Dow And S&P 500 Up, Nasdaq Dips After Factory Data

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Major U.S. stock indexes were mixed in afternoon trading on Friday as investors took October's surprisingly strong manufacturing data as a potential sign the Federal Reserve could reduce its stimulus earlier than expected.

Dow And S&P 500 Up, Nasdaq Dips After Factory Data

* ISM manufacturing index exceeds forecast

* Chevron falls after weak revenue, weighing on Dow

* Dow up 0.3 pct, S&P 500 up 0.2 pct, Nasdaq down 0.1 pct

Major U.S. stock indexes were mixed in afternoon trading on Friday as investors took October's surprisingly strong manufacturing data as a potential sign the Federal Reserve could reduce its stimulus earlier than expected.

Manufacturing activity expanded around the world, several business surveys showed, with Chinese manufacturers reporting the fastest upturn in 18 months. The Institute for Supply Management (ISM) said on Friday its index of U.S. factory activity rose to 56.4 in October, its best reading since April 2011.

Normally such news would send stocks up, but the Dow and the S&P 500 are not far from highs reached earlier this week, and investors are now thinking about how this affects the Fed's $85 billion in monthly bond purchases. The Fed's stimulus has given buyers a reason to invest in riskier assets like stocks.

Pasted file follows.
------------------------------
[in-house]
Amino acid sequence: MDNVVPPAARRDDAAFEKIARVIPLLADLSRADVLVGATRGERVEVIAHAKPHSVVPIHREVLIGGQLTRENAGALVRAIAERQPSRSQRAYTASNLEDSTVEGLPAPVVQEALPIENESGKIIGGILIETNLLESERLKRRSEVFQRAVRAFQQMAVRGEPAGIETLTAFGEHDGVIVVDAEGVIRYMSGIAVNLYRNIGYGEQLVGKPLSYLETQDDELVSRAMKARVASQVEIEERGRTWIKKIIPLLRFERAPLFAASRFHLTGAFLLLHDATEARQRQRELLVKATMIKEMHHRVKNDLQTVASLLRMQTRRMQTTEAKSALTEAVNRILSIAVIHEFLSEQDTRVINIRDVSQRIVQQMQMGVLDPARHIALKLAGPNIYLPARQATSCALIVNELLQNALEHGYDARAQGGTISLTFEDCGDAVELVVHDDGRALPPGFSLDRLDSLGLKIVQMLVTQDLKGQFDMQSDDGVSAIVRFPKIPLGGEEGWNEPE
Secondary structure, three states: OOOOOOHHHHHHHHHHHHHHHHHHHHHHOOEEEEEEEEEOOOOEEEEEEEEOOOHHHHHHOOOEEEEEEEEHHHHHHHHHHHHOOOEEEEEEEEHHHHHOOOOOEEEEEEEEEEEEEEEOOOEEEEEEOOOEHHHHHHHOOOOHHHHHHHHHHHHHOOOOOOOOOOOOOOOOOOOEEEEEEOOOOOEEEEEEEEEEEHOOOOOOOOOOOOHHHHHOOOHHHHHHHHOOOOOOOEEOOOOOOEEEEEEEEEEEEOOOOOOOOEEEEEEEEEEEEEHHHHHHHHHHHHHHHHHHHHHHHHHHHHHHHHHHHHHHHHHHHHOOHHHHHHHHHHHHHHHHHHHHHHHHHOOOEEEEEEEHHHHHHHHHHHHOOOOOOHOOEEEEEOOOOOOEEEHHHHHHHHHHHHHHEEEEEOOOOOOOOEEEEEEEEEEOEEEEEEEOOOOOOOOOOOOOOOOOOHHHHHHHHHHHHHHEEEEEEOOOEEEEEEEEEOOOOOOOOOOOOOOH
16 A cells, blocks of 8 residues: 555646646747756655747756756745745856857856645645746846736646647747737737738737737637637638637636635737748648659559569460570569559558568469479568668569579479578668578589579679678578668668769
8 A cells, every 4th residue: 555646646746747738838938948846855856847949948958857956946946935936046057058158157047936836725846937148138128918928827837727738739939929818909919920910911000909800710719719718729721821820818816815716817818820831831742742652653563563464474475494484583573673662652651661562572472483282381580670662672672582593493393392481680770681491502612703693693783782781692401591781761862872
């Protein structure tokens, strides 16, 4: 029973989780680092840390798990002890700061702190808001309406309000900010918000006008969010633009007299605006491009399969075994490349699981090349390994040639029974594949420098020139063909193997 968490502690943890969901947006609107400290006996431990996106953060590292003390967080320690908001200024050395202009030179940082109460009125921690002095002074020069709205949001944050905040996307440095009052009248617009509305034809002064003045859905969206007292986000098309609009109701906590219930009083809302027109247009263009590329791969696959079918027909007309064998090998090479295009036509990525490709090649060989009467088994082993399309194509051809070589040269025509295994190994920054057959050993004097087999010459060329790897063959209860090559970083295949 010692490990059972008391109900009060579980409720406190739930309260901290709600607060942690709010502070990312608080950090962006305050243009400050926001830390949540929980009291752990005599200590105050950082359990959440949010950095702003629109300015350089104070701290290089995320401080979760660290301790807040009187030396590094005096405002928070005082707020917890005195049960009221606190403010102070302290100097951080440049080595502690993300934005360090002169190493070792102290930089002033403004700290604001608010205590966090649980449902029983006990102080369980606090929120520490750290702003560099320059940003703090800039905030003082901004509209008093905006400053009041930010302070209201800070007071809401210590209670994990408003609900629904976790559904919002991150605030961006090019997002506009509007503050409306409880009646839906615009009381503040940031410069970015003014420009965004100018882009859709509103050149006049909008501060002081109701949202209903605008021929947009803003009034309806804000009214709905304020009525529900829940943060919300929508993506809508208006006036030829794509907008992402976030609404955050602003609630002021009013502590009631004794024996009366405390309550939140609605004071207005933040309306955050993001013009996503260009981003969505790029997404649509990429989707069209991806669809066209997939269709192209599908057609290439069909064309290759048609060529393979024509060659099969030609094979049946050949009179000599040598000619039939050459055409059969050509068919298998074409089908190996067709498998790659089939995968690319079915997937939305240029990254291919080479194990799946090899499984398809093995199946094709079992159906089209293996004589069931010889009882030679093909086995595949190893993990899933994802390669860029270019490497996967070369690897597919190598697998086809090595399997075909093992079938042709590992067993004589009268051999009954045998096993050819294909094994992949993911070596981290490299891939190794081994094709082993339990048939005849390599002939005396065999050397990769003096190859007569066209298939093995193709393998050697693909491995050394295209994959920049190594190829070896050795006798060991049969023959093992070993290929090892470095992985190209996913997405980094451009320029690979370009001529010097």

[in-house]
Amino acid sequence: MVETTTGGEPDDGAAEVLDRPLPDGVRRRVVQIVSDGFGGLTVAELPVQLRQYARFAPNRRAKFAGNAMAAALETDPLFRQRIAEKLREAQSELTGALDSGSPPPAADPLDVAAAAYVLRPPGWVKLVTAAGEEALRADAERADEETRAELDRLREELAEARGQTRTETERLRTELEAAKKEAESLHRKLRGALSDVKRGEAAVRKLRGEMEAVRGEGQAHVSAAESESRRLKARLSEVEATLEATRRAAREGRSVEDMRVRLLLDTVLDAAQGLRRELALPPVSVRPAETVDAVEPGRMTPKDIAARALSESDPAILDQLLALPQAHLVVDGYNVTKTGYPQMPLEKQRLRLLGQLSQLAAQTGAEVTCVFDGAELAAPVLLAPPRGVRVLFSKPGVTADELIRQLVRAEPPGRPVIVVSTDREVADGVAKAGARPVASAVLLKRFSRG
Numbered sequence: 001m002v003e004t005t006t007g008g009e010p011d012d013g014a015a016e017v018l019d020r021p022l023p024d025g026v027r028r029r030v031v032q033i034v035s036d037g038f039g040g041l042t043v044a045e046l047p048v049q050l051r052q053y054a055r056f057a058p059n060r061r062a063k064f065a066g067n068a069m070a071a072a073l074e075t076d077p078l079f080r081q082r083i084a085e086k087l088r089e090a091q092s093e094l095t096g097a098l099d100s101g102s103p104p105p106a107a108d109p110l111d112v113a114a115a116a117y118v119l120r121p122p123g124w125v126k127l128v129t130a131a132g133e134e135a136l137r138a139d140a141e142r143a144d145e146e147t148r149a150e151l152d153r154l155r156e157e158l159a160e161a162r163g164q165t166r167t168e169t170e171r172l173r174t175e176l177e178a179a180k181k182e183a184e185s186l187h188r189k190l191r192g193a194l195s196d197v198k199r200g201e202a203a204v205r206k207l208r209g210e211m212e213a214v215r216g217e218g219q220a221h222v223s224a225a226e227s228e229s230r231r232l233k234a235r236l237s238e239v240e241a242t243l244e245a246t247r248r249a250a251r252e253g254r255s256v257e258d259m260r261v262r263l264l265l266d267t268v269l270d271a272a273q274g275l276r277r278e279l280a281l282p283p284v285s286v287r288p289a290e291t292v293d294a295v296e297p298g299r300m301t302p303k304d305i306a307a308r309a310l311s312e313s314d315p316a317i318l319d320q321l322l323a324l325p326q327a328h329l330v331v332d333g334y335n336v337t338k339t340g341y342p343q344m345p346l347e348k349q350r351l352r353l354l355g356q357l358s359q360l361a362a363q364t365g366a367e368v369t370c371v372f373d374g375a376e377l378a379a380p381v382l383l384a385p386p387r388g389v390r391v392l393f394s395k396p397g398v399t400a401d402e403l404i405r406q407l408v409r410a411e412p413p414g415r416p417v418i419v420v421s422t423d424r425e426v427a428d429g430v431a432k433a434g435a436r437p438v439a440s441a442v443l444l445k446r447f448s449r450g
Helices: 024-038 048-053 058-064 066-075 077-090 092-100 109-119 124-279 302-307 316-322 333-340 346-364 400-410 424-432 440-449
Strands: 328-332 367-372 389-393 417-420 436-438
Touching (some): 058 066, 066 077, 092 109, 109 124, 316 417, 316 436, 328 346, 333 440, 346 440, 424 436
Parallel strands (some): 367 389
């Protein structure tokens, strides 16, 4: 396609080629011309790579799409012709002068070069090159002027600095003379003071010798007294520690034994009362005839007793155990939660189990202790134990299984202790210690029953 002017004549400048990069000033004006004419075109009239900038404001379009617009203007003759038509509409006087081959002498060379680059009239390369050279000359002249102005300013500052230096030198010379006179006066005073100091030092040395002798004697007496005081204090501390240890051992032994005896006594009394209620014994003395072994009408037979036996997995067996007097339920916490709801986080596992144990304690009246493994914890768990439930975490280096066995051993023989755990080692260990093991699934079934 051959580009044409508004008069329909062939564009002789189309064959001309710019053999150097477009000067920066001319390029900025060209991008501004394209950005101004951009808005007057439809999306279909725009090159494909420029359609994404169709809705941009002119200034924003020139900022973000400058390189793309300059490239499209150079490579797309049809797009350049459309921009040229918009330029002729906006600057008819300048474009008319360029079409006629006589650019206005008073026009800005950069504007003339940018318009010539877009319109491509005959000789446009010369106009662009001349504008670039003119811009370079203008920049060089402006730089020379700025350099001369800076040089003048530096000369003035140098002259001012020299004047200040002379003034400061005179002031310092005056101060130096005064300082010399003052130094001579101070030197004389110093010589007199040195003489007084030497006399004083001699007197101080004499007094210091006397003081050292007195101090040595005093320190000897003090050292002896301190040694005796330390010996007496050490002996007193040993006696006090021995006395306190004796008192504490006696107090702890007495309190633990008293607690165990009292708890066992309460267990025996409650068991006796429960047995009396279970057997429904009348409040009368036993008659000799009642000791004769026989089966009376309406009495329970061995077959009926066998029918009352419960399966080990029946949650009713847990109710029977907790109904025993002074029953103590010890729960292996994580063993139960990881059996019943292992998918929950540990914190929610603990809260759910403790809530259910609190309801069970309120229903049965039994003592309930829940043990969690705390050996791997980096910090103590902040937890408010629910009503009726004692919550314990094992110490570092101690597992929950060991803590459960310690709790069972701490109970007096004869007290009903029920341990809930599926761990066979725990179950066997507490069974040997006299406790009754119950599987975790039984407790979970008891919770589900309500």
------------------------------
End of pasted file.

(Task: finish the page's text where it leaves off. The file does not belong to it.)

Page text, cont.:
"I'm actually surprised the market's held up," said Daniel Stecich, senior vice president and director of economic research at Athena Advisor Services.

Shares of Chevron Corp fell 2.4 percent to $117.60, accounting for about 15 points of negative drag on the Dow Jones industrial average, after third-quarter revenue came in below expectations.

The S&P Energy Index slipped 0.6 percent to 325.66 on falling oil prices. Light crude fell 1.5 percent to $94.84 a barrel and Brent crude fell 2 percent to $106.65 a barrel.

"I think overall you have a market that is consolidating," said Quincy Krosby, market strategist with Prudential Financial, referring to when a market trades in a range following a series of strong gains.

The Dow Jones industrial average rose 53.94 points or 0.35 percent, to 15,599.69, the S&P 500 gained 2.81 points or 0.16 percent, to 1,759.35 and the Nasdaq Composite dropped 4.573 points or 0.12 percent, to 3,915.133.

American International Group Inc fell 5.7 percent to $48.69, making it the S&P 500's biggest loser, a day after the insurer reported earnings that slightly beat expectations. However, analysts expected better results in the insurer's consumer lines business and said it benefited from a favorable tax rate this most recent quarter.

Boeing Co shares gained 1.4 percent to $132.47. On Thursday, Boeing said it would increase production of its 737 aircraft to 47 planes per month by 2017 from 38 now - a move that analysts said bodes well for the company.

With about 74 percent of S&P 500 companies having reported earnings, 68.5 percent have topped Wall Street's expectations, above the long-term average of 63 percent, according to Thomson Reuters data. However, only 53.3 percent have topped revenue forecasts, below the 61 percent average since 2002.

First Solar Inc soared 15.9 percent to $58.30 a day after the U.S. solar panel manufacturer's results beat forecasts and the company raised its full-year profit outlook.

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